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Unholy Ghost : Writers on Depression (01 Edition)

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Unholy Ghost : Writers on Depression (01 Edition) Cover

 

Synopses & Reviews

Please note that used books may not include additional media (study guides, CDs, DVDs, solutions manuals, etc.) as described in the publisher comments.

Publisher Comments:

Unholy Ghost is a unique collection of essays about depression that, in the spirit of William Styron's Darkness Visible, finds vivid expression for an elusive illness suffered by more than one in five Americans today. Unlike any other memoir of depression, however, Unholy Ghost includes many voices and depicts the most complete portrait of the illness. Lauren Slater eloquently describes her own perilous experience as a pregnant woman on antidepressant medication. Susanna Kaysen, writing for the first time about depression since Girl, Interrupted, criticizes herself and others for making too much of the illness. Larry McMurtry recounts the despair that descended after his quadruple bypass surgery. Meri Danquah describes the challenges of racism and depression. Ann Beattie sees melancholy as a consequence of her writing life. And Donald Hall lovingly remembers the "moody seesaw" of his relationship with his wife, Jane Kenyon.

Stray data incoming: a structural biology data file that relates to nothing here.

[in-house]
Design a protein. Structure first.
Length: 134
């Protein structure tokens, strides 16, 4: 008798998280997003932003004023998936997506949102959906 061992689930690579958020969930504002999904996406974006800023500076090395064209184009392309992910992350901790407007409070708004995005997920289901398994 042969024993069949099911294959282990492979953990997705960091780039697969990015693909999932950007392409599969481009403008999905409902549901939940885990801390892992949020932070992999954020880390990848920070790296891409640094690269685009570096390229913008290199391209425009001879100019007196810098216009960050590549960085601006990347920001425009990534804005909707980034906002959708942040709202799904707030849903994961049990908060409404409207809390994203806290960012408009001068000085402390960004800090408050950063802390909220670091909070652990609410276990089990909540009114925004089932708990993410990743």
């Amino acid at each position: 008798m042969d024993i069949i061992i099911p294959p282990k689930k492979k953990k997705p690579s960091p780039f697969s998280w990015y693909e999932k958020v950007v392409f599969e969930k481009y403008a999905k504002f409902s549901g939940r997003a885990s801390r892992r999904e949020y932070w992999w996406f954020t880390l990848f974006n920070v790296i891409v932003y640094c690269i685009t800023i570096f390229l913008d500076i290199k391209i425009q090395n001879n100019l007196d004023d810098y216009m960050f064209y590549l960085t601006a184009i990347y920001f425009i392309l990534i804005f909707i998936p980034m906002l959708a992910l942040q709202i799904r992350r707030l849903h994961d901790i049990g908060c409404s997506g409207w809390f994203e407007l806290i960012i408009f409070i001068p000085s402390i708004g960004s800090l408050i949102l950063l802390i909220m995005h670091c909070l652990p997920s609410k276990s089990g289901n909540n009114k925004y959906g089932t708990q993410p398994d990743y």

The collection also includes an illuminating series of companion pieces. Russell Banks's and Chase Twichell's essays represent husbandand-wife perspectives on depression; Rose Styron's contribution about her husband's struggle with melancholy is paired with an excerpt from William Styron's Darkness Visible; and the book's editor, Nell Casey, juxtaposes her own essay about seeing her sister through her depression with Maud Casey's account of this experience. These companion pieces portray the complicated bond — a constant grasp for mutual understandingforged by depressives and their family members.

With an introduction by Kay Redfield Jamison, Unholy Ghost allows the bewildering experience of depression to be adequately and beautifully rendered. The twenty-two stories that make up this book will offer solace and enlightenment to all readers.

Synopsis:

"Unholy Ghost" brings vivid expression to an elusive illness suffered by more than one in six Americans today. Unlike any single memoir of depression, this book has many voices: Russell Banks, Ann Beattie, Meri Danquah, Donald Hall, Susanna Kaysen, Larry McMurtry, Rose Styron, Chase Twitchell, and others.

Synopsis: